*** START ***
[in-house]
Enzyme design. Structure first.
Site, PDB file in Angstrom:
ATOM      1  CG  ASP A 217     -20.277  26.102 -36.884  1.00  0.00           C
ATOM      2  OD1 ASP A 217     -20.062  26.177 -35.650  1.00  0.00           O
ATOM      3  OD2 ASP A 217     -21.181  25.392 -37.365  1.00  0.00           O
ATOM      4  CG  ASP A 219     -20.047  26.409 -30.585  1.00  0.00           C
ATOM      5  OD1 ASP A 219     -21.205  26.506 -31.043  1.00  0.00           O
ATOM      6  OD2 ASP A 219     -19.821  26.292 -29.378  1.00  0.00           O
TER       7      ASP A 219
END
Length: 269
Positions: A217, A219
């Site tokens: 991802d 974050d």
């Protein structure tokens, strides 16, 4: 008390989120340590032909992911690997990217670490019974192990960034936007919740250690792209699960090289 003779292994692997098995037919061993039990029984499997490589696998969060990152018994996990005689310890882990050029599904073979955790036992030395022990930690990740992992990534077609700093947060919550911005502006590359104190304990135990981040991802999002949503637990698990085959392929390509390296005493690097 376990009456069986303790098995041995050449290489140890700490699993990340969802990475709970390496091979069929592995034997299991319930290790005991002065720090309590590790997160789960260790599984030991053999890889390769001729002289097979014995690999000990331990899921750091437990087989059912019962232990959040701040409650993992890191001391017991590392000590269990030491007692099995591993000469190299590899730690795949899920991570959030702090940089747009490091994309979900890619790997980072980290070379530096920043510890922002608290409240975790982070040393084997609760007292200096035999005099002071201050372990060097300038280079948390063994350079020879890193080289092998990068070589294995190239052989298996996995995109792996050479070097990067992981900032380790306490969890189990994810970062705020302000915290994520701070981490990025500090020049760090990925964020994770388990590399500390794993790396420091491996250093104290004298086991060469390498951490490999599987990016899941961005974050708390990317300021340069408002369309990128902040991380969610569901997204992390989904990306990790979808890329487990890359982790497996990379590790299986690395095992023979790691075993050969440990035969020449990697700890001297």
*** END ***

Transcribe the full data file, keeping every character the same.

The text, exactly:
[in-house]
Enzyme design. Structure first.
Site, PDB file in Angstrom:
ATOM      1  CG  ASP A 217     -20.277  26.102 -36.884  1.00  0.00           C
ATOM      2  OD1 ASP A 217     -20.062  26.177 -35.650  1.00  0.00           O
ATOM      3  OD2 ASP A 217     -21.181  25.392 -37.365  1.00  0.00           O
ATOM      4  CG  ASP A 219     -20.047  26.409 -30.585  1.00  0.00           C
ATOM      5  OD1 ASP A 219     -21.205  26.506 -31.043  1.00  0.00           O
ATOM      6  OD2 ASP A 219     -19.821  26.292 -29.378  1.00  0.00           O
TER       7      ASP A 219
END
Length: 269
Positions: A217, A219
């Site tokens: 991802d 974050d």
């Protein structure tokens, strides 16, 4: 008390989120340590032909992911690997990217670490019974192990960034936007919740250690792209699960090289 003779292994692997098995037919061993039990029984499997490589696998969060990152018994996990005689310890882990050029599904073979955790036992030395022990930690990740992992990534077609700093947060919550911005502006590359104190304990135990981040991802999002949503637990698990085959392929390509390296005493690097 376990009456069986303790098995041995050449290489140890700490699993990340969802990475709970390496091979069929592995034997299991319930290790005991002065720090309590590790997160789960260790599984030991053999890889390769001729002289097979014995690999000990331990899921750091437990087989059912019962232990959040701040409650993992890191001391017991590392000590269990030491007692099995591993000469190299590899730690795949899920991570959030702090940089747009490091994309979900890619790997980072980290070379530096920043510890922002608290409240975790982070040393084997609760007292200096035999005099002071201050372990060097300038280079948390063994350079020879890193080289092998990068070589294995190239052989298996996995995109792996050479070097990067992981900032380790306490969890189990994810970062705020302000915290994520701070981490990025500090020049760090990925964020994770388990590399500390794993790396420091491996250093104290004298086991060469390498951490490999599987990016899941961005974050708390990317300021340069408002369309990128902040991380969610569901997204992390989904990306990790979808890329487990890359982790497996990379590790299986690395095992023979790691075993050969440990035969020449990697700890001297």